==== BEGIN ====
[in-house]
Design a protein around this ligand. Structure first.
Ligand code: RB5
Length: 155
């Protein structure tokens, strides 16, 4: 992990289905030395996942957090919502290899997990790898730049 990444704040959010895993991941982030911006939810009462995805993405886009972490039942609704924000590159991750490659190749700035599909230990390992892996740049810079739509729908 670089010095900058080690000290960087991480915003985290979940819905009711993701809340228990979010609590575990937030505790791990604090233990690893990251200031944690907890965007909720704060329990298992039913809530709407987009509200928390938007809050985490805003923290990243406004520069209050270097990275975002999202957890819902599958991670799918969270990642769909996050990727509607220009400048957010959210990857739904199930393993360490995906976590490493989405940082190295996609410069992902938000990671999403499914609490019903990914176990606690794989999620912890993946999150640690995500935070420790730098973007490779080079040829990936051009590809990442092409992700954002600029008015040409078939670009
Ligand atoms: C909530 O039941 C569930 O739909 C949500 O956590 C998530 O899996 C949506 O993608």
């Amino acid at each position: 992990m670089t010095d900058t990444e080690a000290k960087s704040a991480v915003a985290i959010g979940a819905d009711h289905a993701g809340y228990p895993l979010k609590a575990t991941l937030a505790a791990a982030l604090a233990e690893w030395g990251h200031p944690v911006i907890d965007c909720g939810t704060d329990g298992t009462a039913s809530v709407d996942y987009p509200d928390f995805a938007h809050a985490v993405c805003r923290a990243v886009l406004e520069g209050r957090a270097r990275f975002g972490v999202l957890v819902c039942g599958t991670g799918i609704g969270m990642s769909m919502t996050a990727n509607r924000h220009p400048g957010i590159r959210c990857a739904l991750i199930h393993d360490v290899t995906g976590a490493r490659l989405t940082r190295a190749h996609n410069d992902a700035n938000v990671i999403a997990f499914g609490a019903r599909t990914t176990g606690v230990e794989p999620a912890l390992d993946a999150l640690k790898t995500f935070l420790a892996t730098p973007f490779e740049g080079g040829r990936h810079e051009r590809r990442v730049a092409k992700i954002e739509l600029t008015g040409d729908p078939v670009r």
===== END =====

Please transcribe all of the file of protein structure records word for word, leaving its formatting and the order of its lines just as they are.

[in-house]
Design a protein around this ligand. Structure first.
Ligand code: RB5
Length: 155
């Protein structure tokens, strides 16, 4: 992990289905030395996942957090919502290899997990790898730049 990444704040959010895993991941982030911006939810009462995805993405886009972490039942609704924000590159991750490659190749700035599909230990390992892996740049810079739509729908 670089010095900058080690000290960087991480915003985290979940819905009711993701809340228990979010609590575990937030505790791990604090233990690893990251200031944690907890965007909720704060329990298992039913809530709407987009509200928390938007809050985490805003923290990243406004520069209050270097990275975002999202957890819902599958991670799918969270990642769909996050990727509607220009400048957010959210990857739904199930393993360490995906976590490493989405940082190295996609410069992902938000990671999403499914609490019903990914176990606690794989999620912890993946999150640690995500935070420790730098973007490779080079040829990936051009590809990442092409992700954002600029008015040409078939670009
Ligand atoms: C909530 O039941 C569930 O739909 C949500 O956590 C998530 O899996 C949506 O993608």
């Amino acid at each position: 992990m670089t010095d900058t990444e080690a000290k960087s704040a991480v915003a985290i959010g979940a819905d009711h289905a993701g809340y228990p895993l979010k609590a575990t991941l937030a505790a791990a982030l604090a233990e690893w030395g990251h200031p944690v911006i907890d965007c909720g939810t704060d329990g298992t009462a039913s809530v709407d996942y987009p509200d928390f995805a938007h809050a985490v993405c805003r923290a990243v886009l406004e520069g209050r957090a270097r990275f975002g972490v999202l957890v819902c039942g599958t991670g799918i609704g969270m990642s769909m919502t996050a990727n509607r924000h220009p400048g957010i590159r959210c990857a739904l991750i199930h393993d360490v290899t995906g976590a490493r490659l989405t940082r190295a190749h996609n410069d992902a700035n938000v990671i999403a997990f499914g609490a019903r599909t990914t176990g606690v230990e794989p999620a912890l390992d993946a999150l640690k790898t995500f935070l420790a892996t730098p973007f490779e740049g080079g040829r990936h810079e051009r590809r990442v730049a092409k992700i954002e739509l600029t008015g040409d729908p078939v670009r």